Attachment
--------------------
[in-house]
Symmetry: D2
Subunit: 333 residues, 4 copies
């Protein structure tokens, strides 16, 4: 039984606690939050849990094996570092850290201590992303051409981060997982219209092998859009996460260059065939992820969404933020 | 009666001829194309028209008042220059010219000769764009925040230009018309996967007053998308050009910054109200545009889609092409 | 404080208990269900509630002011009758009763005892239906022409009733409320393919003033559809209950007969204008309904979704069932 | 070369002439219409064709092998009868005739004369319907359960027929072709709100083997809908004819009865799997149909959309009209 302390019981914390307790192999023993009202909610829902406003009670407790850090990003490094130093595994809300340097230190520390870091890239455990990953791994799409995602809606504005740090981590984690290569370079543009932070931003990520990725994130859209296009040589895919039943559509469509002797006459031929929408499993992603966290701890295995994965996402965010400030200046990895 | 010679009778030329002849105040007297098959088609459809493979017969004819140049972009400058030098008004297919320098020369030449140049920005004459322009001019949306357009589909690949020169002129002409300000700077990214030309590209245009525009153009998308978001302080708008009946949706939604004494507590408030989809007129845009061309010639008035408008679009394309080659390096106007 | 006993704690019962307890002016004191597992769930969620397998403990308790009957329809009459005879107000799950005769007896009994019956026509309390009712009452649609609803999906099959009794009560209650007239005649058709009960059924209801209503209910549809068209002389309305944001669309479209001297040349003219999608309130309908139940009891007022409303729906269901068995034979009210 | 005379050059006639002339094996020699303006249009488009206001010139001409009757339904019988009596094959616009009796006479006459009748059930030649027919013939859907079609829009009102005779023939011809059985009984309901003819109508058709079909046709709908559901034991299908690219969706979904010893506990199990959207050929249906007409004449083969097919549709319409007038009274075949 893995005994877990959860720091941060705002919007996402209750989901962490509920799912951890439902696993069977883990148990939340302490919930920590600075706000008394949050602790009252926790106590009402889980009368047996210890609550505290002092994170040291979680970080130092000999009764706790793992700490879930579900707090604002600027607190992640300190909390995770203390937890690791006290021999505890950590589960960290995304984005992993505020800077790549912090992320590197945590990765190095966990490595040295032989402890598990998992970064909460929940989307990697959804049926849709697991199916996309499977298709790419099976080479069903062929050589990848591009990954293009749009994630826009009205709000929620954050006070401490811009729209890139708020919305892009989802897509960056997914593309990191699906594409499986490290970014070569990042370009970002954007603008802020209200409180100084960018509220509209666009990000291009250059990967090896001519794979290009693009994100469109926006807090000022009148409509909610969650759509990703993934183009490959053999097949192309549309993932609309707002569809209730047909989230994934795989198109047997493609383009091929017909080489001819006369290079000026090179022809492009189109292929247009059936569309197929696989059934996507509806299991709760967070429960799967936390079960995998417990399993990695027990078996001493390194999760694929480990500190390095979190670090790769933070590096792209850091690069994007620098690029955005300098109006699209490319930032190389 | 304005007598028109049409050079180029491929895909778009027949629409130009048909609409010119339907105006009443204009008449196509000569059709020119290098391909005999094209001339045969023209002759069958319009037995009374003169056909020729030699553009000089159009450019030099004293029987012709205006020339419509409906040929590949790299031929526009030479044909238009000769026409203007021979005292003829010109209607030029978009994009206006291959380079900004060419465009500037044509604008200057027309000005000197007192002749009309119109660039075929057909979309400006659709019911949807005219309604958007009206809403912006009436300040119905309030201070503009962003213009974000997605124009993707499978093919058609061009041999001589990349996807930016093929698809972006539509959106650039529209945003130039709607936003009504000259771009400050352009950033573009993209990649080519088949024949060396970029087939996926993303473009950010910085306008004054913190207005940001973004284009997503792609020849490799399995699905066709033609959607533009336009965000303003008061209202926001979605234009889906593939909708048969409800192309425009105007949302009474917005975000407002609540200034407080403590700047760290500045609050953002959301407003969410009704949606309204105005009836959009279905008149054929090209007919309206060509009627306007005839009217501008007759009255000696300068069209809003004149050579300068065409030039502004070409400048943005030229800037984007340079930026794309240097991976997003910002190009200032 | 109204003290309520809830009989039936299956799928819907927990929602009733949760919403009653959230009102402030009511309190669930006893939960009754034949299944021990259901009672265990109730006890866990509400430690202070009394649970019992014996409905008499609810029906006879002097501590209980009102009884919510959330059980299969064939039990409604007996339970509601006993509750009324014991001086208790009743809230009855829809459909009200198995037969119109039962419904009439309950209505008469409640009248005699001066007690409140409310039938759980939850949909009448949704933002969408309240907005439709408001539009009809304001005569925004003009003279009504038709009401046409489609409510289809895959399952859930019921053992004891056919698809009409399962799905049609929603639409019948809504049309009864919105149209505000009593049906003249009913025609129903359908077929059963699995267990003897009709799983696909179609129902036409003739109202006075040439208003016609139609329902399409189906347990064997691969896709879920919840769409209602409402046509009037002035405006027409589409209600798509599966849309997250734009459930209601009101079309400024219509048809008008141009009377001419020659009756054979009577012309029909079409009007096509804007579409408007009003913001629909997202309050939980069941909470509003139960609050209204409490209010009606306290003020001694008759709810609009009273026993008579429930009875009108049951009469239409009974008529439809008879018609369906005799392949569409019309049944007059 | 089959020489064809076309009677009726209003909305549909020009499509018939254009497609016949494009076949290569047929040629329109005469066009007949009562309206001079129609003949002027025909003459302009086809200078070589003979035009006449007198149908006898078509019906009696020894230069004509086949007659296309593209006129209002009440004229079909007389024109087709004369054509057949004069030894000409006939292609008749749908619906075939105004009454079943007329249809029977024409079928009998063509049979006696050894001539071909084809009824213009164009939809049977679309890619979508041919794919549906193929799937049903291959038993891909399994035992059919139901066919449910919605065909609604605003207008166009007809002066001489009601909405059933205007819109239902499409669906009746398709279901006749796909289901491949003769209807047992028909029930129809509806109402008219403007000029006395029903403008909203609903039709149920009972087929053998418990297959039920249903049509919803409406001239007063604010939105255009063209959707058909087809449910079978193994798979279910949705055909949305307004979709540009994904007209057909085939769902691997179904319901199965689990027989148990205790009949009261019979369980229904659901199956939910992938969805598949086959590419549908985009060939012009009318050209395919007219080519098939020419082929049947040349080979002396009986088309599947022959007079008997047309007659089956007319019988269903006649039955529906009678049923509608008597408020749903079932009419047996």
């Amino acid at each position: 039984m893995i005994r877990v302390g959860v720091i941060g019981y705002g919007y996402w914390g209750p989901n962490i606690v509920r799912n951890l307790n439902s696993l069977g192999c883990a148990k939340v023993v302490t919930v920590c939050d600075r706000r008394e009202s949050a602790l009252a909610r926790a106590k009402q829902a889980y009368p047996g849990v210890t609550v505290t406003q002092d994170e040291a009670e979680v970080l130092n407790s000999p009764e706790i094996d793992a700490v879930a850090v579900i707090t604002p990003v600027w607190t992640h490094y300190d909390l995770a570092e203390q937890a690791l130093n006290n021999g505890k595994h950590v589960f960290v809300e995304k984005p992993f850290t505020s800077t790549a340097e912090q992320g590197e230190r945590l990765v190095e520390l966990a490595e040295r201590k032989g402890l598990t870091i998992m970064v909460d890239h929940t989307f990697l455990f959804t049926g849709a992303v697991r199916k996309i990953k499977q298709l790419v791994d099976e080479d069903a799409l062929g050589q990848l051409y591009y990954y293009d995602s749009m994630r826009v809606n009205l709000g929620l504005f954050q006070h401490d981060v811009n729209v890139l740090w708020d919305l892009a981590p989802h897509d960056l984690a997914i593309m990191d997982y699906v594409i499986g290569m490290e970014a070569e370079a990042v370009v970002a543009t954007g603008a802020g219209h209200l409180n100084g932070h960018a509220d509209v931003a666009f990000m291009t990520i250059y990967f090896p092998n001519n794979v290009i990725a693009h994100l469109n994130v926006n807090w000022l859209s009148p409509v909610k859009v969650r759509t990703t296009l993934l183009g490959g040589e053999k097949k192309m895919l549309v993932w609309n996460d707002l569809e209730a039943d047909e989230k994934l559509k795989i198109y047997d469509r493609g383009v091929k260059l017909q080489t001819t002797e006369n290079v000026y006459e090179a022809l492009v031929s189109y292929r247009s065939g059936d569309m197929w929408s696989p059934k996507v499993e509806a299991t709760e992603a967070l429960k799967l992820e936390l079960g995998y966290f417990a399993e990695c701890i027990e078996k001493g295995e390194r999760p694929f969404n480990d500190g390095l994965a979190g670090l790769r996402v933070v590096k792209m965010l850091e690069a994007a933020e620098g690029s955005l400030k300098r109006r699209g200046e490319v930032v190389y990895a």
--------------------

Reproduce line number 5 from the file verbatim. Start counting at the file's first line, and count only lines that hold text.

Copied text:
């Amino acid at each position: 039984m893995i005994r877990v302390g959860v720091i941060g019981y705002g919007y996402w914390g209750p989901n962490i606690v509920r799912n951890l307790n439902s696993l069977g192999c883990a148990k939340v023993v302490t919930v920590c939050d600075r706000r008394e009202s949050a602790l009252a909610r926790a106590k009402q829902a889980y009368p047996g849990v210890t609550v505290t406003q002092d994170e040291a009670e979680v970080l130092n407790s000999p009764e706790i094996d793992a700490v879930a850090v579900i707090t604002p990003v600027w607190t992640h490094y300190d909390l995770a570092e203390q937890a690791l130093n006290n021999g505890k595994h950590v589960f960290v809300e995304k984005p992993f850290t505020s800077t790549a340097e912090q992320g590197e230190r945590l990765v190095e520390l966990a490595e040295r201590k032989g402890l598990t870091i998992m970064v909460d890239h929940t989307f990697l455990f959804t049926g849709a992303v697991r199916k996309i990953k499977q298709l790419v791994d099976e080479d069903a799409l062929g050589q990848l051409y591009y990954y293009d995602s749009m994630r826009v809606n009205l709000g929620l504005f954050q006070h401490d981060v811009n729209v890139l740090w708020d919305l892009a981590p989802h897509d960056l984690a997914i593309m990191d997982y699906v594409i499986g290569m490290e970014a070569e370079a990042v370009v970002a543009t954007g603008a802020g219209h209200l409180n100084g932070h960018a509220d509209v931003a666009f990000m291009t990520i250059y990967f090896p092998n001519n794979v290009i990725a693009h994100l469109n994130v926006n807090w000022l859209s009148p409509v909610k859009v969650r759509t990703t296009l993934l183009g490959g040589e053999k097949k192309m895919l549309v993932w609309n996460d707002l569809e209730a039943d047909e989230k994934l559509k795989i198109y047997d469509r493609g383009v091929k260059l017909q080489t001819t002797e006369n290079v000026y006459e090179a022809l492009v031929s189109y292929r247009s065939g059936d569309m197929w929408s696989p059934k996507v499993e509806a299991t709760e992603a967070l429960k799967l992820e936390l079960g995998y966290f417990a399993e990695c701890i027990e078996k001493g295995e390194r999760p694929f969404n480990d500190g390095l994965a979190g670090l790769r996402v933070v590096k792209m965010l850091e690069a994007a933020e620098g690029s955005l400030k300098r109006r699209g200046e490319v930032v190389y990895a």